SMU Data and Models

Troubling Signs for Price Increase Support?

Written by John Packard

Twice per month, Steel Market Update conducts a detailed analysis of the flat rolled and plate steel markets through an online questionnaire. We invite 640 individuals to provide their opinions about the flat rolled and plate markets, what are the driving factors behind pricing, lead times, and mill negotiations, as well as how they feel about their company’s ability to be successful in both the existing (Current) and 3-6 months in the future (Future) markets (Sentiment Index). We cover other issues as we break out the questions by market segment: manufacturing, steel distribution and wholesalers, steel mills, trading companies, as well as support companies. This information is shared with those who participate in the process, along with our Premium Members.

Last week, 45 percent of the participants were manufacturing companies, 42 percent distributors, 6 percent trading companies, 4 percent suppliers to the industry and 3 percent steel mills.

As was mentioned in an article on our SMU Steel Sentiment Index, we are a little concerned with the information that we are gathering regarding how steel buyers and sellers feel about their company’s ability to be successful in the current and future markets. Last week, as a single data point, our Current Sentiment Index was a +59, which is well below the +67 reported two weeks earlier. Our assumption is that the flat rolled price announcements by Nucor and a few other domestic steel mills had a negative impact on Sentiment. The +59 is tied with our early March 2018 results. We will have to wait and see if this is a “one off” as it was back in March when the mid-March results posted a +66. We saw similar results in our Futures Sentiment single data point, which came in at +53, the second lowest reading since the early March 2018 results. As with Current Sentiment, the mid-March Future Sentiment Index reading was up +9 points to +57 after recording the lowest reading of the year at +48.

It should be noted that both the Current and Future Sentiment Indexes are well within the “optimistic” portion of our Index and miles away from March 2009 when we measured our Current Sentiment Index at -85!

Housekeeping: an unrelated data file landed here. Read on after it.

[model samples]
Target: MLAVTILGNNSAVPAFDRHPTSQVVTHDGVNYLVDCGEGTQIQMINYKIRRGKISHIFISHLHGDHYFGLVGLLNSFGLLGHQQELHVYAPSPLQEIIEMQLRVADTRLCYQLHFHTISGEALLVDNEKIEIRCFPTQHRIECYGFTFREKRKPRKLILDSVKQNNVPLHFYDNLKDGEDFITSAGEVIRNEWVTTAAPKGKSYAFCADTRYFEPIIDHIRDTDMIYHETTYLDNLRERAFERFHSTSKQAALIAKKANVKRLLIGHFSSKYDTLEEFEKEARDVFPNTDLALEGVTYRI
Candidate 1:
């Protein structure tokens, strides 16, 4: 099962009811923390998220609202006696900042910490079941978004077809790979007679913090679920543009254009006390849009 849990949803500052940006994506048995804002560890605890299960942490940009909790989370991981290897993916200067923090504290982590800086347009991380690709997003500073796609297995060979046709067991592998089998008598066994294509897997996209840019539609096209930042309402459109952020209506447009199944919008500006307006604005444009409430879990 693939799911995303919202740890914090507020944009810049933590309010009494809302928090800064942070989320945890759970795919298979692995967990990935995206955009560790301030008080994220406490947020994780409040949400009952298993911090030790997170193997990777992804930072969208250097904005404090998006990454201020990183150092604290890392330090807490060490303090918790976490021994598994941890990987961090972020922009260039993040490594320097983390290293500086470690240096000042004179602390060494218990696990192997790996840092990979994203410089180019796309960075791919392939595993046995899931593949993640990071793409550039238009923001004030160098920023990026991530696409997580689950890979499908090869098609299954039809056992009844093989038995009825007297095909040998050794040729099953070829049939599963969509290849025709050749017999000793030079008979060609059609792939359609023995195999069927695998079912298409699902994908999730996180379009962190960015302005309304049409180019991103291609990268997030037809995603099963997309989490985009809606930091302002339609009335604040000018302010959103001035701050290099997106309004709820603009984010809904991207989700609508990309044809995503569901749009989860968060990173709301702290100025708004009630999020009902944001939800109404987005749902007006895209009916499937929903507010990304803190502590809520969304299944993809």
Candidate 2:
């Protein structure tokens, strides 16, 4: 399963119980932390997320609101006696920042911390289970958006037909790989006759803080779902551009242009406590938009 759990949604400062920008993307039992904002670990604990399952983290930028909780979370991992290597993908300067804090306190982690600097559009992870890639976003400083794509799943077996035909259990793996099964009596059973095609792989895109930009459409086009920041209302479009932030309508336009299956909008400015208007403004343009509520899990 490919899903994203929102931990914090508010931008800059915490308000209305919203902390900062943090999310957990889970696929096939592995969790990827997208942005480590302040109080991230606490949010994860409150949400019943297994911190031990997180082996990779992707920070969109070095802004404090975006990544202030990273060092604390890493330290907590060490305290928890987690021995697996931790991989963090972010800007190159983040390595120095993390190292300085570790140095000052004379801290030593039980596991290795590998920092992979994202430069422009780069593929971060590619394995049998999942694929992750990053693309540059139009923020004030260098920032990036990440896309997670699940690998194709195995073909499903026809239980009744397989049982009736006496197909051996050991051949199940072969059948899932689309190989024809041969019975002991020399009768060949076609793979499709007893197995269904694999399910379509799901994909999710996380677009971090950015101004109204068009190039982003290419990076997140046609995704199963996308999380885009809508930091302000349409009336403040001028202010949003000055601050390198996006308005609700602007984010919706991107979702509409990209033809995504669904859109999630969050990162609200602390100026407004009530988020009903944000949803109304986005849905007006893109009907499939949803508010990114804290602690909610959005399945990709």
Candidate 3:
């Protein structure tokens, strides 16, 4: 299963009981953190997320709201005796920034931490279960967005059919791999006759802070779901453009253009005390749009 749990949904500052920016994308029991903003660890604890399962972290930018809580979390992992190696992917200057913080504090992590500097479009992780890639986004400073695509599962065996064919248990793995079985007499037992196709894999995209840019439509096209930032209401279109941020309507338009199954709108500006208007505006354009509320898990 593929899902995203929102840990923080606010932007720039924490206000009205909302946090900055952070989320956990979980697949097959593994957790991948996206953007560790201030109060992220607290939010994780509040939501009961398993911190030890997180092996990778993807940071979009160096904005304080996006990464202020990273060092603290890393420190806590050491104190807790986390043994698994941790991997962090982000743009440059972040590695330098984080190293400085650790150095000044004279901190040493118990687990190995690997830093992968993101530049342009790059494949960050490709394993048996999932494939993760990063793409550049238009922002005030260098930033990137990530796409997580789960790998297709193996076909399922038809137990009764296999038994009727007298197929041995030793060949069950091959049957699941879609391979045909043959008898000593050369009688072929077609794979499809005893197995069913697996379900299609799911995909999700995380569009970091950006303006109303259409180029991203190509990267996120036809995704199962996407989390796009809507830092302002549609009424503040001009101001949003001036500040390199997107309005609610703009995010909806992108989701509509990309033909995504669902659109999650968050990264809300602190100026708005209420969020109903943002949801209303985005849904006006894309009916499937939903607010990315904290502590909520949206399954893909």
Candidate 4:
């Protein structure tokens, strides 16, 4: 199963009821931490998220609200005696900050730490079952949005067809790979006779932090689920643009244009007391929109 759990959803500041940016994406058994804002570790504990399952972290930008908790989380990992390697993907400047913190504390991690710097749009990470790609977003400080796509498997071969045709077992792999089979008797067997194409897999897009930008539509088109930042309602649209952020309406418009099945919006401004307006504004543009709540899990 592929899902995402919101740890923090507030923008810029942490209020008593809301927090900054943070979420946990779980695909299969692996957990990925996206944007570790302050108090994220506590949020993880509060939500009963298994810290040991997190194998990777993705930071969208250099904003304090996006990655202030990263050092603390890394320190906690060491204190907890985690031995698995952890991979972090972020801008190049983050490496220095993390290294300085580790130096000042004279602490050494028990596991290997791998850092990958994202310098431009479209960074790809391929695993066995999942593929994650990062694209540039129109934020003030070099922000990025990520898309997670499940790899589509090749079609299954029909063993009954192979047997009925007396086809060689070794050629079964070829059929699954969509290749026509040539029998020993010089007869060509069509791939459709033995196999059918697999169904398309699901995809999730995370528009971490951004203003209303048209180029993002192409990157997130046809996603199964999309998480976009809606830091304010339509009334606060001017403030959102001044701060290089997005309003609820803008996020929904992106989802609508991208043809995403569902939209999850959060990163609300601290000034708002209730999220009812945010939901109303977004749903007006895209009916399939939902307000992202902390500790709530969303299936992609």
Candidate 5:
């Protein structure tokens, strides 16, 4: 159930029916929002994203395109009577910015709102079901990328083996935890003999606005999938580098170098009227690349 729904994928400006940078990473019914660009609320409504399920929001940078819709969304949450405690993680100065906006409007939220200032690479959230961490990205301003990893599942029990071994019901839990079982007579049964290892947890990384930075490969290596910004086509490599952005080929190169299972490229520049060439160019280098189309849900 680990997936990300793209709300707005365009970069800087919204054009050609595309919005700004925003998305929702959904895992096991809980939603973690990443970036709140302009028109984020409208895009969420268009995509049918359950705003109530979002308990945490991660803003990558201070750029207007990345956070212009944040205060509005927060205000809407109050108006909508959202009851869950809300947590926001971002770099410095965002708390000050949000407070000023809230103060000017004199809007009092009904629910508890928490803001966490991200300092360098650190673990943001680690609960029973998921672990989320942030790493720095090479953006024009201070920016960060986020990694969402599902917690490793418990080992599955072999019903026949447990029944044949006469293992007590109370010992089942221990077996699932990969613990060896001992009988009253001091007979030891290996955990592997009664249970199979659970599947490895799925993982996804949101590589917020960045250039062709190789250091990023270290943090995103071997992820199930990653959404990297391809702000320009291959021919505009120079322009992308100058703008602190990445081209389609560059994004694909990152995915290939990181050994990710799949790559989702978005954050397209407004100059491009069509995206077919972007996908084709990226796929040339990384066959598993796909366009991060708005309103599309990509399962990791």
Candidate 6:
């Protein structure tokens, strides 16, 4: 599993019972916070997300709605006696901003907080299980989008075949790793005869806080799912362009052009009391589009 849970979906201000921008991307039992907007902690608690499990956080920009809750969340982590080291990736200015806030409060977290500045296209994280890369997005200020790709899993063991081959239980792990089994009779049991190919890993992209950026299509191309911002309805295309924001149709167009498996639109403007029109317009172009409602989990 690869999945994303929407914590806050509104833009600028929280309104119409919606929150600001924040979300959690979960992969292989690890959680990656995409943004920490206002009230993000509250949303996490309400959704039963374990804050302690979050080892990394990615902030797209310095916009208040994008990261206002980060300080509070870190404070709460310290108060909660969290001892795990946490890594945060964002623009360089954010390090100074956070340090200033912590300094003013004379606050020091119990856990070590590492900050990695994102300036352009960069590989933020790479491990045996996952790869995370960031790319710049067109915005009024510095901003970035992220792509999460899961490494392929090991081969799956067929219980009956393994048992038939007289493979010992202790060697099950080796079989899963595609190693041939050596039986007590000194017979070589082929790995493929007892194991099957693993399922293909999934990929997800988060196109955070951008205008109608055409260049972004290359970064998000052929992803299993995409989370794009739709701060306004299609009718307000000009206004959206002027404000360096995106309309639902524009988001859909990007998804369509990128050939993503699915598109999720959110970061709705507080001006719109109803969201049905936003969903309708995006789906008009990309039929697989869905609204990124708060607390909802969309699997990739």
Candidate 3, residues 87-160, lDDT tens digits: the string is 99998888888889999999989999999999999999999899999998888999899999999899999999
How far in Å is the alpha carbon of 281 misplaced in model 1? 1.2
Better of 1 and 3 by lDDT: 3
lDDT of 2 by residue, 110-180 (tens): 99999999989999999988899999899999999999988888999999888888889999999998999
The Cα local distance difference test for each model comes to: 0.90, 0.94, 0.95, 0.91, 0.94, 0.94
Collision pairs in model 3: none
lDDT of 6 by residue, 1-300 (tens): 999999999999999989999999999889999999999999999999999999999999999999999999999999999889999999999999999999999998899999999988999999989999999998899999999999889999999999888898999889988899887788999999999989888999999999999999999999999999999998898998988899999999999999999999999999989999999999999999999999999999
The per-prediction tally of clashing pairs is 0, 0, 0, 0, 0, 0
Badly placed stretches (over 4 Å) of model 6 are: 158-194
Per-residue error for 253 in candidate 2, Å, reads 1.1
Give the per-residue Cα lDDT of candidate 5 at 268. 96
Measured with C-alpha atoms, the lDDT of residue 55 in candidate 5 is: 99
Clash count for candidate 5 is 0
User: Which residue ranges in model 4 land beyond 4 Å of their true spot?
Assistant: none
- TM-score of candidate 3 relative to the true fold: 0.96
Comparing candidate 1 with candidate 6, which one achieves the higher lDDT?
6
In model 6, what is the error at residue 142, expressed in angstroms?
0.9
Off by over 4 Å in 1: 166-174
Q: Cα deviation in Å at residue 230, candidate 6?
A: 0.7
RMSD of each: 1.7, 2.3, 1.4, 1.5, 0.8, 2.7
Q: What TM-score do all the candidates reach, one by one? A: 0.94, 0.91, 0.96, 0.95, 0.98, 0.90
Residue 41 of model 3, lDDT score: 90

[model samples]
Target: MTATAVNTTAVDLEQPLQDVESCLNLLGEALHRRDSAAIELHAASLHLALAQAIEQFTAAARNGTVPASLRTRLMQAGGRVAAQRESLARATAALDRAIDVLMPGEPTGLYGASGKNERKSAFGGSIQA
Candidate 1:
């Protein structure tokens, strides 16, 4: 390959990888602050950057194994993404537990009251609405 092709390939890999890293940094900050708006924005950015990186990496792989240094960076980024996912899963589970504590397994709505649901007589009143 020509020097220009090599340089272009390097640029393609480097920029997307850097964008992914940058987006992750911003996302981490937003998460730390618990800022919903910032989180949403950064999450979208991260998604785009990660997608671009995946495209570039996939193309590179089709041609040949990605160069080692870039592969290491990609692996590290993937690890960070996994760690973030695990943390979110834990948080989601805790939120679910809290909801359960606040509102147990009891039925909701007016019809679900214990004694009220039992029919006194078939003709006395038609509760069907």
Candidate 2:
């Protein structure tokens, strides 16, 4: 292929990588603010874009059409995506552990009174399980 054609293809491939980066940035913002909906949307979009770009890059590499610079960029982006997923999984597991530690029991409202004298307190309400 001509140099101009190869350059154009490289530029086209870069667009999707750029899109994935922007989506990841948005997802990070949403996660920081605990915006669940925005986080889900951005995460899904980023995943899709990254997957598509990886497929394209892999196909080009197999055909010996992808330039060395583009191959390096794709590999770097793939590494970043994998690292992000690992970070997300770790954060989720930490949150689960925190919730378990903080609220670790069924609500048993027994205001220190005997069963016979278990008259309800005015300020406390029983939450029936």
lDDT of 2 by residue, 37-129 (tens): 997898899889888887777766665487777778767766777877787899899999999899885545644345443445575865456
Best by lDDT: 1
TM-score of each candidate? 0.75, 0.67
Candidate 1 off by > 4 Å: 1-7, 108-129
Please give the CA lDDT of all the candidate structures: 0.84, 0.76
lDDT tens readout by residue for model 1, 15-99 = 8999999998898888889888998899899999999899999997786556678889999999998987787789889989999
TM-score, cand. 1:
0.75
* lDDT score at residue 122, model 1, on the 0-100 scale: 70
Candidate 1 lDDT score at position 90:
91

Service Center Inventories

One of the areas SMU watches closely is service center inventories. More specifically, are the distributors needing to build inventories, are they looking to lower inventories or are their inventories balanced. Last week, the distributors reported: 14 percent had low inventories or would soon need to build back inventories, 23 percent had too much inventory, and the majority, 63 percent, believe their inventories are balanced. In SMU’s opinion, these results are not favorable to supporting a price increase announcement.

SC Inventories 10.21.2018

A second leg of the service center inventories stool is how they are handling spot pricing to their manufacturing customers. A few weeks back, SMU thought the service centers were heading to a point of “capitulation,” that point where distributors can no longer tolerate lowering prices to dump inventory, thus squeezing (or eliminating) margins and devaluating inventory values.

We normally consider the point of capitulation to be somewhere close to 75 percent of the service centers reporting their company as lowering spot prices. At the beginning of October, we saw 58 percent reporting that way. Last week, the percentage of distributors reporting their company as lowering prices dropped to 24 percent. However, at the same time, those reporting their company as raising prices (which would be normal in a “supported” mill price increase environment) went from 2 percent to 7 percent. Again, not a good sign for support of the Nucor-led price announcements on flat rolled.

SC Spot 10.21.2018

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